When leaders are chosen, the decision is often based on the wrongcriteria. Many look to people with strong, charismatic personalities,or passion for personal achievement. They look to people who arecommanding or who manage the efforts of others well. Some people evenlook to physical attributes as an indication of leadership ability.
The misconceptions of what make a person a good leader are not limited to these factors. They also include our choices of personality characteristics. Some see great leaders as people who can mesmerize a crowd with their stage performance, who can make those around them relax with their confidence, or who can think circles around other senior people in the organization. In reality, these traits and characteristics are not indicators of great leaders.
Rather, great leaders are characterized by their focus on integrity over stage performance, passion for what is best for the company over self-importance, humility and passing forward credit over ego, and empowering their people over making decisions on their behalf. There have been numerous books written, researches conducted, and data compiled that point to these findings; however, even extraordinary companies with insightful, intelligent, and experienced board of directors and senior executives have erroneously chosen leaders based on their perception of leadership capabilities.
Take Hewlett Packard for instance. In January of 1999, Hewlett Packard’s board of directors met in the Garden Court Hotel in Palo Alto, California to discuss, among other things, the rapid changes in business caused by the unsubstantiated growth of internet IPOs. There was concern among the board that changing times may call for a leader better suited to mobilize the company and lead it into the future. In his book How the Mighty Fall, Jim Collins summarizes this concern best, stating that, “HP’s stalling growth and languishing stock price relative to the skyrocketing technology sector lend credence to a growing worry that HP needed an entirely new type of leader”. At the meeting, Platt suggested he retire early to make room for an appropriate leader. The board accepted and replaced him with Carly Fiorina, announcing, in July of that year, that she would become the next CEO of Hewlett Packard.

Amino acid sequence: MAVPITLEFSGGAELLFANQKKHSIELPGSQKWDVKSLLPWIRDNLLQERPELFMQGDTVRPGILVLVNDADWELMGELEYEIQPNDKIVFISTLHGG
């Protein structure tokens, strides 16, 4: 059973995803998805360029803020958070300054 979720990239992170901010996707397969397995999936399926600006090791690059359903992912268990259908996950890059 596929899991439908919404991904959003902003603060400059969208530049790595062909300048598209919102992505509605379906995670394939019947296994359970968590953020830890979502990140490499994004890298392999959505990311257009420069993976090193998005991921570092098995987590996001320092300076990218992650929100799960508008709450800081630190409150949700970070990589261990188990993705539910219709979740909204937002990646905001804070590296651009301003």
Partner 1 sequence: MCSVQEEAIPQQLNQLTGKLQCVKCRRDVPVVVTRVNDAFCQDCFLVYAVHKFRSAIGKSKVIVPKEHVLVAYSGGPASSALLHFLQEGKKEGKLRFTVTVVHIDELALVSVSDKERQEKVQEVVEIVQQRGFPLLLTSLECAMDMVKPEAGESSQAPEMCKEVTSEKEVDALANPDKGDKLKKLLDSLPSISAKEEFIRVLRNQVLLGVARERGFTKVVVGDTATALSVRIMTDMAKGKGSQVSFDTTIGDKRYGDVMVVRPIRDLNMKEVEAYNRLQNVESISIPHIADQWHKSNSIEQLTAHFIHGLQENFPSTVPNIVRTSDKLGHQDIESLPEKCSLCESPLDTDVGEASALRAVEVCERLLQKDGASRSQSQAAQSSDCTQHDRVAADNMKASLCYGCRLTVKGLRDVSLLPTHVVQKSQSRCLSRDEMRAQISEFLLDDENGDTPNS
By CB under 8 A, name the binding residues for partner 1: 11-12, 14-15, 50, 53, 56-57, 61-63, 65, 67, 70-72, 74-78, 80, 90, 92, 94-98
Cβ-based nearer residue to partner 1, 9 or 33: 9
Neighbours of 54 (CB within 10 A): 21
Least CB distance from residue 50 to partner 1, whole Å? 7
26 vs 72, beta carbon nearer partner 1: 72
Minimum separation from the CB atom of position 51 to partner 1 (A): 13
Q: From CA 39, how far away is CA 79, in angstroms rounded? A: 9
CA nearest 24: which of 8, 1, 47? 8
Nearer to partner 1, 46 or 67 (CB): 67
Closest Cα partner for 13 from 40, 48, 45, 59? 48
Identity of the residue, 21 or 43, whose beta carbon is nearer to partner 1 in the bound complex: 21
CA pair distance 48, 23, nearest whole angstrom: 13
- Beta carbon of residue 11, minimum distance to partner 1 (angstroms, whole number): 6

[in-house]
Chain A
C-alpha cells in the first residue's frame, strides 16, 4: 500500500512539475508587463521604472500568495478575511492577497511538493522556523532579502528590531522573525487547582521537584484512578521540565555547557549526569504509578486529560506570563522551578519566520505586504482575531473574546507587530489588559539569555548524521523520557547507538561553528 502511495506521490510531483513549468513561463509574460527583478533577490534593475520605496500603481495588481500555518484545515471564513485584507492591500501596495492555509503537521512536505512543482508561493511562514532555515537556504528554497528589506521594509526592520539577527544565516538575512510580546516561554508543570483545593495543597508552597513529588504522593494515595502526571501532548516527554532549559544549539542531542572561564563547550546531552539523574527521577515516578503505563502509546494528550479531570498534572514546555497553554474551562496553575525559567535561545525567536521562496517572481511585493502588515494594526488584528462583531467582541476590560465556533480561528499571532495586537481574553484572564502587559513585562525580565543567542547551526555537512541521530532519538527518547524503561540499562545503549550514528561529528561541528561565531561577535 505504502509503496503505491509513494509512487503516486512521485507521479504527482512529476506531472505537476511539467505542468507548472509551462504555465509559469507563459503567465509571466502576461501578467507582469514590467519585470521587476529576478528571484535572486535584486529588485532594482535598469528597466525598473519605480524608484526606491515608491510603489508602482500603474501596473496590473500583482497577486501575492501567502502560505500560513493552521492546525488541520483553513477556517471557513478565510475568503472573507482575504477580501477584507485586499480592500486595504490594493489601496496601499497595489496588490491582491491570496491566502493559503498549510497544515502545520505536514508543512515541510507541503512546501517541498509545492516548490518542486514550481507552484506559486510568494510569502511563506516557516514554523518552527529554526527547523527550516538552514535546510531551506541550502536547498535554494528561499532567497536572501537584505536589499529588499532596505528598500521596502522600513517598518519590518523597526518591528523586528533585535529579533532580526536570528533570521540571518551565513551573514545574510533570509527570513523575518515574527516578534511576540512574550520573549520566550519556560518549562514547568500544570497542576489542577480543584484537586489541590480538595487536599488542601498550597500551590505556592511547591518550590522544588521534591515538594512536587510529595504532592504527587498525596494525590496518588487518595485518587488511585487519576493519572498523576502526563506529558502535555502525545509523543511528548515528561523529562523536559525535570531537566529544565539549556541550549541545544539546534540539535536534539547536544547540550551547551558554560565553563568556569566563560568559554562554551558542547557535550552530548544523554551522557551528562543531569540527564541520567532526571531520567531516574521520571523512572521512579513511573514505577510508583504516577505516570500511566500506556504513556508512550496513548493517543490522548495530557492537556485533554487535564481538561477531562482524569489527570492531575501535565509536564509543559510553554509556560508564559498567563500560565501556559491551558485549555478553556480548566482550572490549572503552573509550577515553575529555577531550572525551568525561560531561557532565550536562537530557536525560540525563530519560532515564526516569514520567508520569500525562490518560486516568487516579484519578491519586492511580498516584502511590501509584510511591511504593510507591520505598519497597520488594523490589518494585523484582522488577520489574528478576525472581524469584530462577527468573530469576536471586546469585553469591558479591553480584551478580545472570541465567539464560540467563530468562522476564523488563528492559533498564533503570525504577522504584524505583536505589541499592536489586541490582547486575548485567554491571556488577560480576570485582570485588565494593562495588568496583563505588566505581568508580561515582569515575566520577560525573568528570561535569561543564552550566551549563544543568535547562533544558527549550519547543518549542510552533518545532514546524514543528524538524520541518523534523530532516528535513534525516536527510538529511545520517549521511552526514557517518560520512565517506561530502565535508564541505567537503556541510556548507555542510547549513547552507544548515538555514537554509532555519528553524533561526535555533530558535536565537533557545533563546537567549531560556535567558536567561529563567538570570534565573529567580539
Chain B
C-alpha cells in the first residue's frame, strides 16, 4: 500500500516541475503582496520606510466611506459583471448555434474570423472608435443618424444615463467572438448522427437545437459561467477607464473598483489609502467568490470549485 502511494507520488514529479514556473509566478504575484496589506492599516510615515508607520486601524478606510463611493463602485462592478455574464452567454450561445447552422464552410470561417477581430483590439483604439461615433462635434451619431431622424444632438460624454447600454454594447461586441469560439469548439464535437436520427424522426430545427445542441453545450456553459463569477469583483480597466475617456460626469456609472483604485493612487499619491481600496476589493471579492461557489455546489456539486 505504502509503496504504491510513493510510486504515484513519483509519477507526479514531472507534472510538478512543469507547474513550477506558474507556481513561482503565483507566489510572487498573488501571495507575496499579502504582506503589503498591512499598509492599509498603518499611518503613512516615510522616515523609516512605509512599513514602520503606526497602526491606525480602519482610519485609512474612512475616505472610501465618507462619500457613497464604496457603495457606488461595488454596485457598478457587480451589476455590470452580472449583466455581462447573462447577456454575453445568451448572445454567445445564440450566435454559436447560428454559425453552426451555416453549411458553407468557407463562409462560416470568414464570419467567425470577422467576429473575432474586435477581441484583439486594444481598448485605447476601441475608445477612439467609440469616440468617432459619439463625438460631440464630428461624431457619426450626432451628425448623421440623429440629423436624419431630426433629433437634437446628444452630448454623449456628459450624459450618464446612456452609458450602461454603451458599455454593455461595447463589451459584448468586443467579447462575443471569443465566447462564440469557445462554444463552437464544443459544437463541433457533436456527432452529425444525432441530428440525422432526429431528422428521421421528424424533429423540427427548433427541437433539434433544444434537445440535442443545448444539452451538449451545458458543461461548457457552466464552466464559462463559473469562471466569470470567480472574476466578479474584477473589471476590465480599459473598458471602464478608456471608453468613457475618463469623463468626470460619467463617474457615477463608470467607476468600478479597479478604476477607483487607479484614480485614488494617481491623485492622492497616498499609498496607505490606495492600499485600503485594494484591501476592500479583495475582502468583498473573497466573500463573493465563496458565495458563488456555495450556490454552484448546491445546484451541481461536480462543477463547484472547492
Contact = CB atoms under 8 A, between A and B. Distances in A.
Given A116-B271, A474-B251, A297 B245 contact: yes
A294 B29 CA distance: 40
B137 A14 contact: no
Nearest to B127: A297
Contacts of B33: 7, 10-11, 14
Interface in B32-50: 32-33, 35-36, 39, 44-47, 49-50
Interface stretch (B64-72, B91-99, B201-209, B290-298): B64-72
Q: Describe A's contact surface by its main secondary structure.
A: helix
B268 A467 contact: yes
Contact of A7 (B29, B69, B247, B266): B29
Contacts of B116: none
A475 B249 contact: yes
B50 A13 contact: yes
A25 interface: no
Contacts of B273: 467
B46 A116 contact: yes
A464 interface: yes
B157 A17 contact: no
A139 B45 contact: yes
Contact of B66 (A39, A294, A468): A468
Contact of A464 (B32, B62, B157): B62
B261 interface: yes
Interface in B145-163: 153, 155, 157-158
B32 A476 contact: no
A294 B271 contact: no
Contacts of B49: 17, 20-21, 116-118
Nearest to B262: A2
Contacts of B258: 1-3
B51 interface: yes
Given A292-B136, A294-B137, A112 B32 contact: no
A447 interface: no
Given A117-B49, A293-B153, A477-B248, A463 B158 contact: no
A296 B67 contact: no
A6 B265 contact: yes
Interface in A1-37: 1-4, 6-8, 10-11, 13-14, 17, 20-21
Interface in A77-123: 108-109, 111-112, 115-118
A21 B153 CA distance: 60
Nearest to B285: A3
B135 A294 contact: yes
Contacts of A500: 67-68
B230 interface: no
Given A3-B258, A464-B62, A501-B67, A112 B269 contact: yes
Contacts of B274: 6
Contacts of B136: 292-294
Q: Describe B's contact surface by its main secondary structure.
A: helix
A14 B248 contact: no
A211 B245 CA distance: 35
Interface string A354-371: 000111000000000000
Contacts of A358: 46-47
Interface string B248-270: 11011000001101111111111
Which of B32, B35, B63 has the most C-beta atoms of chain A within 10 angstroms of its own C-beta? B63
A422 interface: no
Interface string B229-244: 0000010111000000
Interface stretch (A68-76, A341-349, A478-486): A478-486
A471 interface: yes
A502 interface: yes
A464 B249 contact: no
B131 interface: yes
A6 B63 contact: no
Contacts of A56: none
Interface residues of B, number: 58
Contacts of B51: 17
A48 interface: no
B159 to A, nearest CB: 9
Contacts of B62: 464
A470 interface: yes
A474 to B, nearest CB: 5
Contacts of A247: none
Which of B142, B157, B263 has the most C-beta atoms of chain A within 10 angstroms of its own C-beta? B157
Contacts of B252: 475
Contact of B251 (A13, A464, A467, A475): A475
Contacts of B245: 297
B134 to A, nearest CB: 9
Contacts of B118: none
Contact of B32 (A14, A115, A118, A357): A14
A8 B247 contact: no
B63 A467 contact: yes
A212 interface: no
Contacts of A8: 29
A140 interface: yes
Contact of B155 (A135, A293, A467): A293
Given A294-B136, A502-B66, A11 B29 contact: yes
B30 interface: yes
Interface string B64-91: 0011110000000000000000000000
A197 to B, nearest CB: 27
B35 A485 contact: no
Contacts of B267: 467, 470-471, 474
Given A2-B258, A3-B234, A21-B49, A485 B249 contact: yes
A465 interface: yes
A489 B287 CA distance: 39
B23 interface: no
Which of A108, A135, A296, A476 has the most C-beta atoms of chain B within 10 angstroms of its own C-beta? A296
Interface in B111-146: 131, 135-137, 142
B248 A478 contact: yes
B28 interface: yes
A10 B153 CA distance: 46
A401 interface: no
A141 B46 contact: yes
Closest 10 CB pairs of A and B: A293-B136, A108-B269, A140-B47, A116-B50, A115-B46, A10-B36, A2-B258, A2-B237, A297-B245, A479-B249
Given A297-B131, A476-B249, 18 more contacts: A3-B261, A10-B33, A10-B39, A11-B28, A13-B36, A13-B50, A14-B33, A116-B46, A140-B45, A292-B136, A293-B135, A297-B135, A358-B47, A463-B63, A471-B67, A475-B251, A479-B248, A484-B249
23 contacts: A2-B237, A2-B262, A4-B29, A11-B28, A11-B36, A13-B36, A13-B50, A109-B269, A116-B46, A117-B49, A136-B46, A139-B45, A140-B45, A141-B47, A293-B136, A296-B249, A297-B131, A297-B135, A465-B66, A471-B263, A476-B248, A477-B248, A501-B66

In retrospect, it seems as though the board of directors may have erred on its judgment. Platt, the Ford Taurus-driving down-to-earth former CEO, grew HP from $16.2 to $42 billion and was listed as the 11th all time wealth creator by CEO magazine, whereas Fiorina, who once held Forbes magazine’s ‘Most Powerful Woman in Business’ title and had an impressive background as executive VP at AT&T, lead the organization to its first loss.
Many experts realize that the rise and fall of an organization can be attributed to its leadership. Leaders can either drive organizations to market capitalization of hundreds of millions dollars or to losses as equally great. It is hard to dispute that leadership does not play a vital role in the success of a company, yet many organizations do not have systems in place to identify and develop potential future leaders.
Consider Sam Walton. From a young age, Walton displayed a natural ability to lead. In high school, he was the starting quarterback of the football team, and never lost a game. He was vice president of the student body in his junior year and president in his senior year. He was voted ‘permanent president’ of his graduating class in university. But Walton didn’t fit the standard description of a leader. He was not an Ivy League school graduate and did not hold an MBA. Walton was a humble, scrappy, pick-up driving country boy.